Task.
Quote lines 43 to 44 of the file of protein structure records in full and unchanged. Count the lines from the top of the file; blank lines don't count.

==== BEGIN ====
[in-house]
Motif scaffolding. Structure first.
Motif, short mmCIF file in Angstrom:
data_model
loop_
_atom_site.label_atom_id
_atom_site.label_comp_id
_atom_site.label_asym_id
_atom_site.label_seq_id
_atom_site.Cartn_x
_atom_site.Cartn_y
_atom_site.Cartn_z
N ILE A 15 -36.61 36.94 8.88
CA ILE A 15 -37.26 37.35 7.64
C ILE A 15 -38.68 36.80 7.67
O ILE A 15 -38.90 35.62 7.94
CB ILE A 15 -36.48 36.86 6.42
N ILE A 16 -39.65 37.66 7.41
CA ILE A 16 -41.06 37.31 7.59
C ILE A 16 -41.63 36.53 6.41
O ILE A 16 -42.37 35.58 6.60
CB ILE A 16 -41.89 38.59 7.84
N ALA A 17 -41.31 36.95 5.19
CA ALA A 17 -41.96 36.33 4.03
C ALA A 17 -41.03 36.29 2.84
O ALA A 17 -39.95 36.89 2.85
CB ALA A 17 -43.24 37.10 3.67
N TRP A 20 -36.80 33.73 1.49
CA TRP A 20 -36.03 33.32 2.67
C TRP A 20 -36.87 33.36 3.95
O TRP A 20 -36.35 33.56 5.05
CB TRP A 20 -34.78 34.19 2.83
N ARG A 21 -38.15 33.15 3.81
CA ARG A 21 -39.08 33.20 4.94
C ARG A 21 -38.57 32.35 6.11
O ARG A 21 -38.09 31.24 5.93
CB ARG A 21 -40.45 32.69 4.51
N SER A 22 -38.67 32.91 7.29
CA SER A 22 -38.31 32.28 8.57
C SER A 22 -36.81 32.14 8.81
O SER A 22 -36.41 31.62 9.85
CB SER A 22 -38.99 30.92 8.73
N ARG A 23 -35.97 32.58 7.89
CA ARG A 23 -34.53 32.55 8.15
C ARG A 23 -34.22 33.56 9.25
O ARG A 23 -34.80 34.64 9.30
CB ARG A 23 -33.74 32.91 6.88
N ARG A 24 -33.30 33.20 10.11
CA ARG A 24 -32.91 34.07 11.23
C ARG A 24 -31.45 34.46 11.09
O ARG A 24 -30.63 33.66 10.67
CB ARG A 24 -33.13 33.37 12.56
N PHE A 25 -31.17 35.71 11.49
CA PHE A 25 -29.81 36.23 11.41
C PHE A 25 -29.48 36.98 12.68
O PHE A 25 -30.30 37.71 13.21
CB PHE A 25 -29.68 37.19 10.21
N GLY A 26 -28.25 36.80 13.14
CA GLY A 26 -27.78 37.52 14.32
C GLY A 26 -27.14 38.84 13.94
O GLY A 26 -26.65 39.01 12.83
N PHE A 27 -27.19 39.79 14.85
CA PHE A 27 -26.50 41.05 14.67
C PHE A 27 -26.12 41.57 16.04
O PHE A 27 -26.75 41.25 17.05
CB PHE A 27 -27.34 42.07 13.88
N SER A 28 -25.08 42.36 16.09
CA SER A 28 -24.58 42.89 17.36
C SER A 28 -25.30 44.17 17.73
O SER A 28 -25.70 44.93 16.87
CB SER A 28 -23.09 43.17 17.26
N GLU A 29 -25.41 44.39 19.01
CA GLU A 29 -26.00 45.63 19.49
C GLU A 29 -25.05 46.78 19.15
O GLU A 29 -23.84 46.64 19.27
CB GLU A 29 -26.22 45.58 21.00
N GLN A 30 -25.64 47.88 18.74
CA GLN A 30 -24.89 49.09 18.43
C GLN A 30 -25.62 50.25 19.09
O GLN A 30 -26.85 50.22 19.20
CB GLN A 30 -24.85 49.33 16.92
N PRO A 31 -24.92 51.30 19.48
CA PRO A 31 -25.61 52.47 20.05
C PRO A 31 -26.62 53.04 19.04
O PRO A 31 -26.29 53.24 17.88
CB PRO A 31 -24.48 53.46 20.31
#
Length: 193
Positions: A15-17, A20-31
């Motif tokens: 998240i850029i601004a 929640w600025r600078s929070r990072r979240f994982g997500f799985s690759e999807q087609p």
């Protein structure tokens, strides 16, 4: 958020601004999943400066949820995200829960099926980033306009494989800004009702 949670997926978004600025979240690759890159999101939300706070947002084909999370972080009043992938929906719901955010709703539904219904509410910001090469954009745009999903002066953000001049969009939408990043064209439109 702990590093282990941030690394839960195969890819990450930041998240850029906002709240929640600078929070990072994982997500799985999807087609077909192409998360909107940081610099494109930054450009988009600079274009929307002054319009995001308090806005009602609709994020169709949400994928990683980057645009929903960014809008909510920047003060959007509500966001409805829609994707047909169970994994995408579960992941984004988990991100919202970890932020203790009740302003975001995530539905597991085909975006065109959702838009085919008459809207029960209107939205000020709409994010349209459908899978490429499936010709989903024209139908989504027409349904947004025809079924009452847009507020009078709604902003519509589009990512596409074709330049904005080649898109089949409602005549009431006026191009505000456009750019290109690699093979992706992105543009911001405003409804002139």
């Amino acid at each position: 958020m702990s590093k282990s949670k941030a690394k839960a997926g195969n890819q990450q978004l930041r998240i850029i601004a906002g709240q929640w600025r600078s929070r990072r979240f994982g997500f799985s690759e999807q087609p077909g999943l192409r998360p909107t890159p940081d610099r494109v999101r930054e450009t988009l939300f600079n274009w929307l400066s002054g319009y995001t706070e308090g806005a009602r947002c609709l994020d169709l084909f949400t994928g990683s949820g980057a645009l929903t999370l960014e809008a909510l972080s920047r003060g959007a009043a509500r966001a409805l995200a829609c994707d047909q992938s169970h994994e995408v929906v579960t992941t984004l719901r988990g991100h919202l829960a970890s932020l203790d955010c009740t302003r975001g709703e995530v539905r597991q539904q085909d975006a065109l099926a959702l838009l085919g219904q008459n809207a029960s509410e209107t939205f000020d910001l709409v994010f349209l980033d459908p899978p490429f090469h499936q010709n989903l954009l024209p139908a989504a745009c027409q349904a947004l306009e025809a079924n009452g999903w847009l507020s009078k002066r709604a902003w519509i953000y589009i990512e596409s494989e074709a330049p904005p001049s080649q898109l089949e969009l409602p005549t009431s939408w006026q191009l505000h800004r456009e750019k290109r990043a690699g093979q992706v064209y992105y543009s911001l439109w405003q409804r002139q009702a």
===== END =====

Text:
N ARG A 23 -35.97 32.58 7.89
CA ARG A 23 -34.53 32.55 8.15